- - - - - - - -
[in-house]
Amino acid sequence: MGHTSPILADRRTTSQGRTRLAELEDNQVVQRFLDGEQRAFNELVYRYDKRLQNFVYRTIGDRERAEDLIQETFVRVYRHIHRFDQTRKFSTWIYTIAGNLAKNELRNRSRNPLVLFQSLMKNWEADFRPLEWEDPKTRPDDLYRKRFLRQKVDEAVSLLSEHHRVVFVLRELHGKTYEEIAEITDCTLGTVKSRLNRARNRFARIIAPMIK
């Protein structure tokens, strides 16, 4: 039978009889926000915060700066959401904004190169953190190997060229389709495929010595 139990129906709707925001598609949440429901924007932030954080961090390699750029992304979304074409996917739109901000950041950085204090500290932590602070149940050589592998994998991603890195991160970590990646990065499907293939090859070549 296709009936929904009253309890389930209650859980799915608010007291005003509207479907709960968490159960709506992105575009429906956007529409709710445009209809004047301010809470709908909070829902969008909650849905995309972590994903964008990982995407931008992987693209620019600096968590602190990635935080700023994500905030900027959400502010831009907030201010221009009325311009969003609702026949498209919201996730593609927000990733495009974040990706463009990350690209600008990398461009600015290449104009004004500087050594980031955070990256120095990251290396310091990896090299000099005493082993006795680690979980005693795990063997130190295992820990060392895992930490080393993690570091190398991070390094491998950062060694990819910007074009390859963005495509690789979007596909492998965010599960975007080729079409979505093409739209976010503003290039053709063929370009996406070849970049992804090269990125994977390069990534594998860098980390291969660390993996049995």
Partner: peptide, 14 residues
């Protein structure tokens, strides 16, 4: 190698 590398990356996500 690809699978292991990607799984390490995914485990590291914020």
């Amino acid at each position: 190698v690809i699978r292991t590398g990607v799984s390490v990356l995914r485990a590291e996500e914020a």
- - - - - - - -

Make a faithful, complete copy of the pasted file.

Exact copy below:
[in-house]
Amino acid sequence: MGHTSPILADRRTTSQGRTRLAELEDNQVVQRFLDGEQRAFNELVYRYDKRLQNFVYRTIGDRERAEDLIQETFVRVYRHIHRFDQTRKFSTWIYTIAGNLAKNELRNRSRNPLVLFQSLMKNWEADFRPLEWEDPKTRPDDLYRKRFLRQKVDEAVSLLSEHHRVVFVLRELHGKTYEEIAEITDCTLGTVKSRLNRARNRFARIIAPMIK
């Protein structure tokens, strides 16, 4: 039978009889926000915060700066959401904004190169953190190997060229389709495929010595 139990129906709707925001598609949440429901924007932030954080961090390699750029992304979304074409996917739109901000950041950085204090500290932590602070149940050589592998994998991603890195991160970590990646990065499907293939090859070549 296709009936929904009253309890389930209650859980799915608010007291005003509207479907709960968490159960709506992105575009429906956007529409709710445009209809004047301010809470709908909070829902969008909650849905995309972590994903964008990982995407931008992987693209620019600096968590602190990635935080700023994500905030900027959400502010831009907030201010221009009325311009969003609702026949498209919201996730593609927000990733495009974040990706463009990350690209600008990398461009600015290449104009004004500087050594980031955070990256120095990251290396310091990896090299000099005493082993006795680690979980005693795990063997130190295992820990060392895992930490080393993690570091190398991070390094491998950062060694990819910007074009390859963005495509690789979007596909492998965010599960975007080729079409979505093409739209976010503003290039053709063929370009996406070849970049992804090269990125994977390069990534594998860098980390291969660390993996049995």
Partner: peptide, 14 residues
């Protein structure tokens, strides 16, 4: 190698 590398990356996500 690809699978292991990607799984390490995914485990590291914020």
């Amino acid at each position: 190698v690809i699978r292991t590398g990607v799984s390490v990356l995914r485990a590291e996500e914020a």